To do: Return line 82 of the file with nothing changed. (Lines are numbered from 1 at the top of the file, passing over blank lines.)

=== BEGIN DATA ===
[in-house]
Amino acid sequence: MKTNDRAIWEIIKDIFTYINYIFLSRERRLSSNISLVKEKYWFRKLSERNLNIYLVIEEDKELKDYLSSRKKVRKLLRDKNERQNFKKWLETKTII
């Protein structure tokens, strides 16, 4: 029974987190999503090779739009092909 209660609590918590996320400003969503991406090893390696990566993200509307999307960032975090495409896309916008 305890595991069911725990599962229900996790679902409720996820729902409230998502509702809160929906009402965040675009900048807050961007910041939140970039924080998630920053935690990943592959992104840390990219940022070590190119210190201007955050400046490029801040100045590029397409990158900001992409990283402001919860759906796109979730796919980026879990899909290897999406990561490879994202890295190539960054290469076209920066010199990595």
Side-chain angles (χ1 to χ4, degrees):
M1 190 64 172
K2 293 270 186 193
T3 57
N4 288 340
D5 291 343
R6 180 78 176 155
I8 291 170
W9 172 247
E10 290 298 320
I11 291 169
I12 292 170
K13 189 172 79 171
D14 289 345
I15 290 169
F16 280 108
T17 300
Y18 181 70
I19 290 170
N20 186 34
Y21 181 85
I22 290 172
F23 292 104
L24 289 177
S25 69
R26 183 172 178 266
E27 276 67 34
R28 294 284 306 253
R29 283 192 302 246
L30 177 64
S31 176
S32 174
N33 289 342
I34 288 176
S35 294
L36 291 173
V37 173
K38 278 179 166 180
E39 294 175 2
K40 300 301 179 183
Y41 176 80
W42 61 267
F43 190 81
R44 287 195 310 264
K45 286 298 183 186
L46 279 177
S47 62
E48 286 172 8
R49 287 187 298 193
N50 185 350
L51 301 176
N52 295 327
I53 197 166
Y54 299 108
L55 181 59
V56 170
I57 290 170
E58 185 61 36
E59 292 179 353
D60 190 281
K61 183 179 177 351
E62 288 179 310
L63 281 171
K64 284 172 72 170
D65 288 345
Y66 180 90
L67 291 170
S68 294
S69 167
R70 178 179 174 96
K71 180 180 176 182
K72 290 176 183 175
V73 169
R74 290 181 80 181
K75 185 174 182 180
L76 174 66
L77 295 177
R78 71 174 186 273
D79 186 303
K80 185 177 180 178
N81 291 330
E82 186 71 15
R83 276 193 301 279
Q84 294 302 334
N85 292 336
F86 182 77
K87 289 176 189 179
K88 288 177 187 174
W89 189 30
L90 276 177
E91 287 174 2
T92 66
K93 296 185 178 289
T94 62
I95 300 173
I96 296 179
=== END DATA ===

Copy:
D79 186 303